Following the revision of the GST for Bhutan

In a major alteration to the Goods and Services Tax (GST) for Bhutan, the Indian government on October 27 declared that the import of services to Bhutan from India would not be taxed.

India’s Department of Revenue announced the amendment for Bhutan and India through notification No 42/2017 – Integrated Tax (Rate).

This is a big relief to the economy as there was a huge outflow of Indian Rupee (INR) with the taxing system on. Prior to the exemption, after GST was introduced on July 1, 2017, all procurement of services from India had become expensive by 18-20 percent. Work contracts and other services accounted for 12 percent GST that included contract works for construction of roads, repair of machineries, hiring, hydropower, and consultancy.

For example, a large outflow of INR was expected in importing audit services as the cost had shot up by 18 percent. This means, if Bhutan imported services worth Nu 100, Bhutanese importers would have had experienced an extra burden of Nu 18 without any value addition to the economy.

Services such as transportation, auditing and charter, engineering, and consultancy are some of the major services imported. With the introduction of GST on July 1, all sectors that imported services were hit.

Following this, the private sector had requested the government to pursue for exemption from the Indian government.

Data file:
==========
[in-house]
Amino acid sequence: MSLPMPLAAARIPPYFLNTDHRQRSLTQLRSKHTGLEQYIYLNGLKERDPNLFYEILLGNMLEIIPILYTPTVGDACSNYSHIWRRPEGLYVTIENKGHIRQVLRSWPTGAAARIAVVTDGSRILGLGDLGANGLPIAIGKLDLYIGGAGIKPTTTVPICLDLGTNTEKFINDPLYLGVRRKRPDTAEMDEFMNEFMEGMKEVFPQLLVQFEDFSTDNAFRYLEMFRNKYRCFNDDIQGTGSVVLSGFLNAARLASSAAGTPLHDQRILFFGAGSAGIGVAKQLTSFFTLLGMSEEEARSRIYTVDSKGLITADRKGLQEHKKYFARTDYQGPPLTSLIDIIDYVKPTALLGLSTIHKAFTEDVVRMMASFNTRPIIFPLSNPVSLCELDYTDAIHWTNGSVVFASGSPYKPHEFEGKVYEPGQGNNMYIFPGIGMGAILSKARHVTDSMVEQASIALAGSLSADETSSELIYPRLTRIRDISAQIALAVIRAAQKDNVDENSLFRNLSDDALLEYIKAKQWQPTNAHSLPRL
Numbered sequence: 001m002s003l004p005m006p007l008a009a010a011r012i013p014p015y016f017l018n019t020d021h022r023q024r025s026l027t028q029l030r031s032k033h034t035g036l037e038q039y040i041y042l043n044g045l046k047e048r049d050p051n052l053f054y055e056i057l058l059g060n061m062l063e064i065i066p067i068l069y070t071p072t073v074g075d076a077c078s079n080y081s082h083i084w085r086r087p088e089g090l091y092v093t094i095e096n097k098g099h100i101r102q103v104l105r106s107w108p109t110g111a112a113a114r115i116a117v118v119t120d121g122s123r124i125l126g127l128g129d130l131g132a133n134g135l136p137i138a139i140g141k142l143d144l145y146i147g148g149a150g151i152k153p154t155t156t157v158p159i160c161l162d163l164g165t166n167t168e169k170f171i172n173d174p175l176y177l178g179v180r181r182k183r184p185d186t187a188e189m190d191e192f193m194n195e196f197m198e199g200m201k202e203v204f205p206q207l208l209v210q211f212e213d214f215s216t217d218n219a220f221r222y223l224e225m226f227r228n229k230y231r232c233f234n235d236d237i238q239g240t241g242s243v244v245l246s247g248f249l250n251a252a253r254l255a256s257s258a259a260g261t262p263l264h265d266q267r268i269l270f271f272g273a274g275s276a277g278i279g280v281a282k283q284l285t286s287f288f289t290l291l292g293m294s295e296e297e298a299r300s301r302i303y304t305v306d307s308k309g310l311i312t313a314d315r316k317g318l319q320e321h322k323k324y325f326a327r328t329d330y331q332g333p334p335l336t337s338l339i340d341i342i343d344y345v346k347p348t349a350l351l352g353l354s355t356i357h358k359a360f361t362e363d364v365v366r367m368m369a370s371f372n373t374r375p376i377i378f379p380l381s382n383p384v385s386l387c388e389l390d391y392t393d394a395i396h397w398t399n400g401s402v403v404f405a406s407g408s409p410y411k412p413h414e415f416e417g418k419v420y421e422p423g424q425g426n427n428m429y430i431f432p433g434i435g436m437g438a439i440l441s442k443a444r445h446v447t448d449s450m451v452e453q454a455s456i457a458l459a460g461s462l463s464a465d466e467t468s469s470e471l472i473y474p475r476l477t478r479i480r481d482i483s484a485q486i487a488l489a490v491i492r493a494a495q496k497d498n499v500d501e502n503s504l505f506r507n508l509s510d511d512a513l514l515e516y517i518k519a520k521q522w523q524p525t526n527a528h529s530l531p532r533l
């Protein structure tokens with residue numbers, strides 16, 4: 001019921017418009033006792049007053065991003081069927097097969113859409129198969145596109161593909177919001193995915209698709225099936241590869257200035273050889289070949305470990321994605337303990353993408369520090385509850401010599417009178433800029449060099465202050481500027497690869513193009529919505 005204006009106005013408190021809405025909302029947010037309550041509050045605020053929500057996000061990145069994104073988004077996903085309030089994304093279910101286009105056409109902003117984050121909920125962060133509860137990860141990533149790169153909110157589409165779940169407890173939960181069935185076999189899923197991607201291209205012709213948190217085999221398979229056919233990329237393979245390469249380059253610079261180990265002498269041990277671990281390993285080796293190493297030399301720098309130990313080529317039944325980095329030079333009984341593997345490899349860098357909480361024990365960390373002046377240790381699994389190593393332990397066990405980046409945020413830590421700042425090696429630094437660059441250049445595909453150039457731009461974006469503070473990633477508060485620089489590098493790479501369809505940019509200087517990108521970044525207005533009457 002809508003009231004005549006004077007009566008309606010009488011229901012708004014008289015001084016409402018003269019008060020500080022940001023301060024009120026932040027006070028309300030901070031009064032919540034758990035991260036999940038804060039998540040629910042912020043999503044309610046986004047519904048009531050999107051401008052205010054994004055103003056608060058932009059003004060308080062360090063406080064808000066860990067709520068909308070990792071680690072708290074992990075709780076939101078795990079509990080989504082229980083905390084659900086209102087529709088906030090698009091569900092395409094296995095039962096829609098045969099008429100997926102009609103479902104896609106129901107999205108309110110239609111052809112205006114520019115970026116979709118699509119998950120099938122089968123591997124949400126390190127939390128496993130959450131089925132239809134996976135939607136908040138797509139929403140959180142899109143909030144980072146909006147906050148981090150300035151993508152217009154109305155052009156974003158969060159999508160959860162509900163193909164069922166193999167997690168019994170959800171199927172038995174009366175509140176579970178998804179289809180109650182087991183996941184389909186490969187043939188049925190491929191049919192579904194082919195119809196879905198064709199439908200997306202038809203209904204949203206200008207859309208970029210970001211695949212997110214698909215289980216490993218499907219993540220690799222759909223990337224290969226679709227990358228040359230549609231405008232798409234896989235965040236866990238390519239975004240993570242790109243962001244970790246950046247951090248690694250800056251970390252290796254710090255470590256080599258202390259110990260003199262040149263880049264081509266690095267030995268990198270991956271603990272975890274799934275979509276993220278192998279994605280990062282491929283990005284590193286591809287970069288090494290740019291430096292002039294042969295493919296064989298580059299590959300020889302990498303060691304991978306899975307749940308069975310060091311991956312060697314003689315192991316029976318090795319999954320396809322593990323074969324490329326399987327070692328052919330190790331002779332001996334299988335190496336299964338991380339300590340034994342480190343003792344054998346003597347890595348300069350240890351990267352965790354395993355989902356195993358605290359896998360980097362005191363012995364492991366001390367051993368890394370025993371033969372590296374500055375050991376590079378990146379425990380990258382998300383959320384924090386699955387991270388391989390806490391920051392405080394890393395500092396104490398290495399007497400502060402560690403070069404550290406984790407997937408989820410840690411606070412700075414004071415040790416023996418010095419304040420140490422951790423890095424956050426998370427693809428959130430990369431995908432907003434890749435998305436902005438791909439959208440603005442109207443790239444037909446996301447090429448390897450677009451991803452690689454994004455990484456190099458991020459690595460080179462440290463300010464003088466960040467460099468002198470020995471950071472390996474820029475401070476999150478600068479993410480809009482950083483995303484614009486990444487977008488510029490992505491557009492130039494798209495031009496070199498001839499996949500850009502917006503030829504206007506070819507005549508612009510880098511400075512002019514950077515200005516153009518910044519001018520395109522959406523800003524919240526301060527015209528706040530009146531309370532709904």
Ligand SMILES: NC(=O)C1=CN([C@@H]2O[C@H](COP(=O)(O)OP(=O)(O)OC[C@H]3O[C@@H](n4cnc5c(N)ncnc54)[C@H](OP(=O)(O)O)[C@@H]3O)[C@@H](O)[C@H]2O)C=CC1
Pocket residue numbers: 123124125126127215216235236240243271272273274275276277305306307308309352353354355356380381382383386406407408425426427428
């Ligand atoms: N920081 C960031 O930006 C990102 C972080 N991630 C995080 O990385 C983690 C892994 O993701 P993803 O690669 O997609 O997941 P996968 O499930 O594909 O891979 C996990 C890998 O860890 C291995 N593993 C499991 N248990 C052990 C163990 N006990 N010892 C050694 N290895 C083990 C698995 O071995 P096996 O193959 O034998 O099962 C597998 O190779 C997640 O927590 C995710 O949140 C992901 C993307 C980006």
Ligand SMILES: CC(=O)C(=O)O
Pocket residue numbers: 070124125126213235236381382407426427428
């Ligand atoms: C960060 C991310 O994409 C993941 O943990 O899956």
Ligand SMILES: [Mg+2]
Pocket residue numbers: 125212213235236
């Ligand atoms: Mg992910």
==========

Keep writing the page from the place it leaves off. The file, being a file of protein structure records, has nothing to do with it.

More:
Later in September, the Central Board of Excise and Customs (CBEC), India, exempted supply of services related to transit of cargo to Bhutan and Nepal. This move relieved Bhutanese businessmen importing from third countries as they were paying 18 percent tax on services.

However, there was nothing on the supply of services from India to Bhutan. In an announcement on October 4, 2017, the CBEC declared “the supply of services, however, to Nepal and Bhutan will be deemed to be export of services only if the payment for such services is received by the suppliers in convertible foreign exchange.”

Programme officer with the Association of Bhutanese Industries (ABI), Pema Namgyel Ghalley said that industries had to pay 12 percent even when services were brought to repair and maintain machines at the industrial estate.

“This is a huge relief,” he said, adding that Bhutan imported most of the services from India. “It will benefit the economy.”

Transportation, Pema Namgyel Ghalley said, was the major relief. Industries and all other traders in the country use Indian trucks to ferry goods until Phuentsholing or beyond into the country. Railways are other services.

The programme officer also said that the association has submitted to the government asking if the mode of payment of GST could be changed to “the point of resale” from “the point of sale.”

Rajesh Rai | Phuentsholing


Skip to toolbar